Mostly though, nothing about this halftime show struck me as memorable. When Springsteen played, his crotch-slide into the camera immediately became a hall-of-fame moment (and a .gif sensation) all over the internet; Prince’s funked-up cover of Foo Fighters’ “Best of You” made a splash that people were still talking about weeks after the fact; perhaps most unforgettable, U2’s rousing 9/11 tribute from the 2002 game remains one of the most frequently watched videos on YouTube. U2’s performance, actually, is my utopian ideal for what the Super Bowl Halftime Show should be, a communal, emotional and thoroughly moving musical statement that created its own live music experience rather than trying to condense every facet of the band’s epic stadium show into a 15 minute slot. That show was not only a terrific display of musical skill and song selection, but also a look at what a Halftime Show can be when it actually has a specific focus. The band’s then-recent hit, “Beautiful Day,” gave way to the pensive “MLK,” which then cascaded into the echoing intro guitar riff of “Where the Streets Have No Name.” And as the band played that soul-raising hymn, a banner rose to the skies behind them, listing the names of every single person who had died in the 9/11 tragedies. Bono ran circles around the stage, doing all he could to connect with the massive Superdome crowd, and in the final moments of the performance, tore open his jacket to reveal the American flag woven on the inside. It was oversized and sentimental and could have fallen so easily into cheesy or manipulative territory. But the emotion of the song and of the moment, the fragility of a nation who needed something to believe in again, gave that show a gravitational core, and Bono’s grand gesture immediately resonated as one of the most iconic moments in rock ‘n’ roll history.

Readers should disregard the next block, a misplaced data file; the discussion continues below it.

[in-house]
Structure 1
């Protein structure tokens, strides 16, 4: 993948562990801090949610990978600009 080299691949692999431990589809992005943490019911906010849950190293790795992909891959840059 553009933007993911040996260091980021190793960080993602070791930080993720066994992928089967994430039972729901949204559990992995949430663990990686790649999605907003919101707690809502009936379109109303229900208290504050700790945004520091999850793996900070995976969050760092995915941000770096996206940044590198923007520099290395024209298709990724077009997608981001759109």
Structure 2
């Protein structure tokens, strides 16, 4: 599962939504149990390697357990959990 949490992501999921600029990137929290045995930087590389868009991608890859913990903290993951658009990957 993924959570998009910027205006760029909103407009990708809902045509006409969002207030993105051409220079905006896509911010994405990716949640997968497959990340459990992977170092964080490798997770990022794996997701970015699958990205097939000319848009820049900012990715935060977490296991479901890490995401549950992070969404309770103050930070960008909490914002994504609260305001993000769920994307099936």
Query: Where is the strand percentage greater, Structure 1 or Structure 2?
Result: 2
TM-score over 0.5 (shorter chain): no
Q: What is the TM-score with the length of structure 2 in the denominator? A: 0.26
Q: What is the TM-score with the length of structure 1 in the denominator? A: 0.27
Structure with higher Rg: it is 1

It’s entirely possible that the U2 Halftime Show performance is just an unfair comparison. After all, at the moment that the band took the stage on Feb. 3, 2002, our nation was still reeling from one of the most crushing blows in history, from a cloud of unendurable pain and loss that will probably never subside. No performer alive, with the possible exception of Springsteen, could have translated that state of mourning into such an effective and meaningful performance. It was a magical, once-in-a-lifetime meeting of artist and moment, and the result will probably always remain the greatest halftime show of all time. But there are issues going on in this world right now that need to be spoken for, from thoughtless war to economic ruin to governmental corruption, and there are artists who could have given voice to those ideas in the same way U2 gave voice to 9/11.
When I go to a concert, I don’t go to see spark-driven special effects or groups of back-up dancers who I can never put a name to: I go to see the bands and artists I love. I go to have my faith in the power of music reaffirmed, to learn something new about these songs that have soundtracked my life for ages, about the artists on the stage and in connection, about myself. And while I don’t go into every show expecting virtuosic perfection, the presence of musical skill has never escaped me. I know a lot of people love Beyoncé. I know that last night’s halftime show delivered, more often than not, for most audience members, both in that stadium and around the country. But as someone who really couldn’t care less about the outcome of the football game, I at least want to see something special from the Halftime Show, something that will wow me and move me and still be important to me a decade after the fact. And quite frankly, if I expect more from the average Michigan tour date than empty spectacle, more than light shows and holograms and a few song snippets, then that expectation counts for double or triple when it comes to the multi-million dollar production that is the Super Bowl Halftime Show.